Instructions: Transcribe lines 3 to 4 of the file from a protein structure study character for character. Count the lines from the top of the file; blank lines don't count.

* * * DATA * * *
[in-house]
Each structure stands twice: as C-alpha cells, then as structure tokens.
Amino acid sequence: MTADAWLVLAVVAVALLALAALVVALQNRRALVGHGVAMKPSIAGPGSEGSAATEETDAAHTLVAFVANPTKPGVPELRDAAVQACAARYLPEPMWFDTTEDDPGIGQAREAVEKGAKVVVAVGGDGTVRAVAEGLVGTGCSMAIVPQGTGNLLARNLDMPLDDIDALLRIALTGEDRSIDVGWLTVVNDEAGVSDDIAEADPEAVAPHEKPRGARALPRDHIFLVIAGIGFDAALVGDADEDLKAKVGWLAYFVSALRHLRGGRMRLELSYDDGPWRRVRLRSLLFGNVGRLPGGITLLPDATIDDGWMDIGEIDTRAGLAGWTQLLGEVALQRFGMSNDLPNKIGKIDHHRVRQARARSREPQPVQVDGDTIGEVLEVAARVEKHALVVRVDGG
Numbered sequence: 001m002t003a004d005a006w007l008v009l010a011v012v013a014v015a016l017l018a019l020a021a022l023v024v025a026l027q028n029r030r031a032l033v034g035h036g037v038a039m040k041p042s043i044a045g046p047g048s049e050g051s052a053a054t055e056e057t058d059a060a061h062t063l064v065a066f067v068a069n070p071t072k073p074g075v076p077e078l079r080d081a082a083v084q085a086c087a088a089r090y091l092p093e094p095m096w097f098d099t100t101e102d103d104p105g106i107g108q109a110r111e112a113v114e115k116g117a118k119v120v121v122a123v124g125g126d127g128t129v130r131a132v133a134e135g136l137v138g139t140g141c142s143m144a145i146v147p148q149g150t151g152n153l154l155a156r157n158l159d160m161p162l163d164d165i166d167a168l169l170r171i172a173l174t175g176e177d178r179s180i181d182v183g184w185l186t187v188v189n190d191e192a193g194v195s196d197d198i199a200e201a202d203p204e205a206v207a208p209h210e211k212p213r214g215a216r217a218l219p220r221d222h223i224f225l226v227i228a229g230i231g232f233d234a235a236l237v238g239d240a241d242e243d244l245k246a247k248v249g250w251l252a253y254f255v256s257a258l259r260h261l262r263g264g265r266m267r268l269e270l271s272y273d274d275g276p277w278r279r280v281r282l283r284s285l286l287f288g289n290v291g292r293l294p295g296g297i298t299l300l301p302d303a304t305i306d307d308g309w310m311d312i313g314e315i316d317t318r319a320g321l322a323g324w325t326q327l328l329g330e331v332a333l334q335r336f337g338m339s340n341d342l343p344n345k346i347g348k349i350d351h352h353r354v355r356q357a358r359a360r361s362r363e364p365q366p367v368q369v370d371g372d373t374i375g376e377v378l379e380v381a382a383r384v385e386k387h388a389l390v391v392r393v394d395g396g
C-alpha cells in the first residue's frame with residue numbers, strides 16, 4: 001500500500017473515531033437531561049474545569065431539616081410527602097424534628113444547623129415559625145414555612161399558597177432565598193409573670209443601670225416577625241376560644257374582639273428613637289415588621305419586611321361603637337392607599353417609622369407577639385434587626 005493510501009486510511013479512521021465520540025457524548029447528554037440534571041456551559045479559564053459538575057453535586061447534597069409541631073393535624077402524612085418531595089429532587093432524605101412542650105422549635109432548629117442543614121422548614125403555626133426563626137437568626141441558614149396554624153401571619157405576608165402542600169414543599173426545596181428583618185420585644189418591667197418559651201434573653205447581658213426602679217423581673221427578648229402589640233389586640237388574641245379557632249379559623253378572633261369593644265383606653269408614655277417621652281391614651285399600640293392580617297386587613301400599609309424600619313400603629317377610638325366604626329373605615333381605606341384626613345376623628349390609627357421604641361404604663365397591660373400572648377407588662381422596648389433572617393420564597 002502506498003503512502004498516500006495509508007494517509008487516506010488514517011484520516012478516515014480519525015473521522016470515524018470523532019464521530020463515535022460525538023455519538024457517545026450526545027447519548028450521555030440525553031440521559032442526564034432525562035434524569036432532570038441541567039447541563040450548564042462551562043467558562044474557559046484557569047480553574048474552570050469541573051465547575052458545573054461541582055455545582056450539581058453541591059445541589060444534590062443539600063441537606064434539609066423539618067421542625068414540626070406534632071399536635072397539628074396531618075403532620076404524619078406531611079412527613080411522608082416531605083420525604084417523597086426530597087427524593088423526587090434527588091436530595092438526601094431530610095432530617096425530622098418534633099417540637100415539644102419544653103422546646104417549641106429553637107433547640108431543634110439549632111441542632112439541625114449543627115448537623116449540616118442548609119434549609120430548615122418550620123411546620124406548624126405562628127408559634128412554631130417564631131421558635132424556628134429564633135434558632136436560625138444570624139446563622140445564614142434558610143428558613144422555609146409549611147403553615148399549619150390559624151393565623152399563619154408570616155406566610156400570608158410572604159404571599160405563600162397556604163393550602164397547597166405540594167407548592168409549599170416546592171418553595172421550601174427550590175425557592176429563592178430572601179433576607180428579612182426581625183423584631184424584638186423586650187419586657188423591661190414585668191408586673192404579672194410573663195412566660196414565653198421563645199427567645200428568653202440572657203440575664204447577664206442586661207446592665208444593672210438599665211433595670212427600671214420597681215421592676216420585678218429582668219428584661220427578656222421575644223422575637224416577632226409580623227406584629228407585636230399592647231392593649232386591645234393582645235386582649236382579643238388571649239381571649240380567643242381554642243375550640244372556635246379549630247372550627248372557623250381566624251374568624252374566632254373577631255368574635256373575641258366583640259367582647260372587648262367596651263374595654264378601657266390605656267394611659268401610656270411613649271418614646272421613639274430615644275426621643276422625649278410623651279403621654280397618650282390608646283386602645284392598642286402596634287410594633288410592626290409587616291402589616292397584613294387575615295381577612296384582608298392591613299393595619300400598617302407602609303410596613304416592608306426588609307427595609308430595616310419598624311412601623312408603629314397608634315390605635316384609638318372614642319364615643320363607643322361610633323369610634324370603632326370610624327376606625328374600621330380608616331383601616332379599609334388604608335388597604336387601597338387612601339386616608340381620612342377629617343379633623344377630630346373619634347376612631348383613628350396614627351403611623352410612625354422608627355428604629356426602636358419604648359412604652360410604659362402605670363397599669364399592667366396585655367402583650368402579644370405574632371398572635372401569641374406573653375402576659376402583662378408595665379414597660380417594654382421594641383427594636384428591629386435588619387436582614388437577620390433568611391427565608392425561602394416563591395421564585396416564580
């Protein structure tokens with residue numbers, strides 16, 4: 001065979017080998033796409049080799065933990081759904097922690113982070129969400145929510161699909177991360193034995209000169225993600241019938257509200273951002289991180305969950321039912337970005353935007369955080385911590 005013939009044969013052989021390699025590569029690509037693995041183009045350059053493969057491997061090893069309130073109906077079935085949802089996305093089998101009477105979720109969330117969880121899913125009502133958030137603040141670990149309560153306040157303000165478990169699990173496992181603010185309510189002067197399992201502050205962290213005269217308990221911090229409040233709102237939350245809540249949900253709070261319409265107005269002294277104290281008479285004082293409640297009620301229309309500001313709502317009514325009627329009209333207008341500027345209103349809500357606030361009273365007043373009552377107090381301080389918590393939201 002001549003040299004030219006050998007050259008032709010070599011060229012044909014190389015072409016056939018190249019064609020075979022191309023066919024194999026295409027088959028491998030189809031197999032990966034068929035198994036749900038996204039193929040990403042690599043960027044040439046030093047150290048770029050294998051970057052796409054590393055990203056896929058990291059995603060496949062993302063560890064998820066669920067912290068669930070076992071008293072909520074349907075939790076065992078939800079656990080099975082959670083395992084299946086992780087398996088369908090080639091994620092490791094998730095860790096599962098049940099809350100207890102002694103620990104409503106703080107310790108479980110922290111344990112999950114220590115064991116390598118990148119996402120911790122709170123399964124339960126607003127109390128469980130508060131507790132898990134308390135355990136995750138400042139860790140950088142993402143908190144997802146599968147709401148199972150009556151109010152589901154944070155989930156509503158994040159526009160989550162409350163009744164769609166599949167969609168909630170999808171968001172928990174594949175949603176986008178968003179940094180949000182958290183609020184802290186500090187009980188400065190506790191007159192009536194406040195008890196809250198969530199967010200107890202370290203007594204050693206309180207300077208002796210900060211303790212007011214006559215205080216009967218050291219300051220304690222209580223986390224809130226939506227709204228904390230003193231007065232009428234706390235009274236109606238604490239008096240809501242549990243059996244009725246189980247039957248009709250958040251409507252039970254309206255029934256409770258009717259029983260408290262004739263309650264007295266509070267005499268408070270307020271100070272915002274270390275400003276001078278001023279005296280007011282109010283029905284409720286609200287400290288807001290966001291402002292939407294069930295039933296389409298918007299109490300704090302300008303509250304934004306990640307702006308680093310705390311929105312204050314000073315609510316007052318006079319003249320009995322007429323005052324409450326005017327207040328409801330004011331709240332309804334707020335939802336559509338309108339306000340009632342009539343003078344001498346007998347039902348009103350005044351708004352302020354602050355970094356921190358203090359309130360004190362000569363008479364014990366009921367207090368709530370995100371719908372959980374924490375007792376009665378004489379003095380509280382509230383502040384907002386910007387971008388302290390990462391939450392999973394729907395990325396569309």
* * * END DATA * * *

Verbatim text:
Amino acid sequence: MTADAWLVLAVVAVALLALAALVVALQNRRALVGHGVAMKPSIAGPGSEGSAATEETDAAHTLVAFVANPTKPGVPELRDAAVQACAARYLPEPMWFDTTEDDPGIGQAREAVEKGAKVVVAVGGDGTVRAVAEGLVGTGCSMAIVPQGTGNLLARNLDMPLDDIDALLRIALTGEDRSIDVGWLTVVNDEAGVSDDIAEADPEAVAPHEKPRGARALPRDHIFLVIAGIGFDAALVGDADEDLKAKVGWLAYFVSALRHLRGGRMRLELSYDDGPWRRVRLRSLLFGNVGRLPGGITLLPDATIDDGWMDIGEIDTRAGLAGWTQLLGEVALQRFGMSNDLPNKIGKIDHHRVRQARARSREPQPVQVDGDTIGEVLEVAARVEKHALVVRVDGG
Numbered sequence: 001m002t003a004d005a006w007l008v009l010a011v012v013a014v015a016l017l018a019l020a021a022l023v024v025a026l027q028n029r030r031a032l033v034g035h036g037v038a039m040k041p042s043i044a045g046p047g048s049e050g051s052a053a054t055e056e057t058d059a060a061h062t063l064v065a066f067v068a069n070p071t072k073p074g075v076p077e078l079r080d081a082a083v084q085a086c087a088a089r090y091l092p093e094p095m096w097f098d099t100t101e102d103d104p105g106i107g108q109a110r111e112a113v114e115k116g117a118k119v120v121v122a123v124g125g126d127g128t129v130r131a132v133a134e135g136l137v138g139t140g141c142s143m144a145i146v147p148q149g150t151g152n153l154l155a156r157n158l159d160m161p162l163d164d165i166d167a168l169l170r171i172a173l174t175g176e177d178r179s180i181d182v183g184w185l186t187v188v189n190d191e192a193g194v195s196d197d198i199a200e201a202d203p204e205a206v207a208p209h210e211k212p213r214g215a216r217a218l219p220r221d222h223i224f225l226v227i228a229g230i231g232f233d234a235a236l237v238g239d240a241d242e243d244l245k246a247k248v249g250w251l252a253y254f255v256s257a258l259r260h261l262r263g264g265r266m267r268l269e270l271s272y273d274d275g276p277w278r279r280v281r282l283r284s285l286l287f288g289n290v291g292r293l294p295g296g297i298t299l300l301p302d303a304t305i306d307d308g309w310m311d312i313g314e315i316d317t318r319a320g321l322a323g324w325t326q327l328l329g330e331v332a333l334q335r336f337g338m339s340n341d342l343p344n345k346i347g348k349i350d351h352h353r354v355r356q357a358r359a360r361s362r363e364p365q366p367v368q369v370d371g372d373t374i375g376e377v378l379e380v381a382a383r384v385e386k387h388a389l390v391v392r393v394d395g396g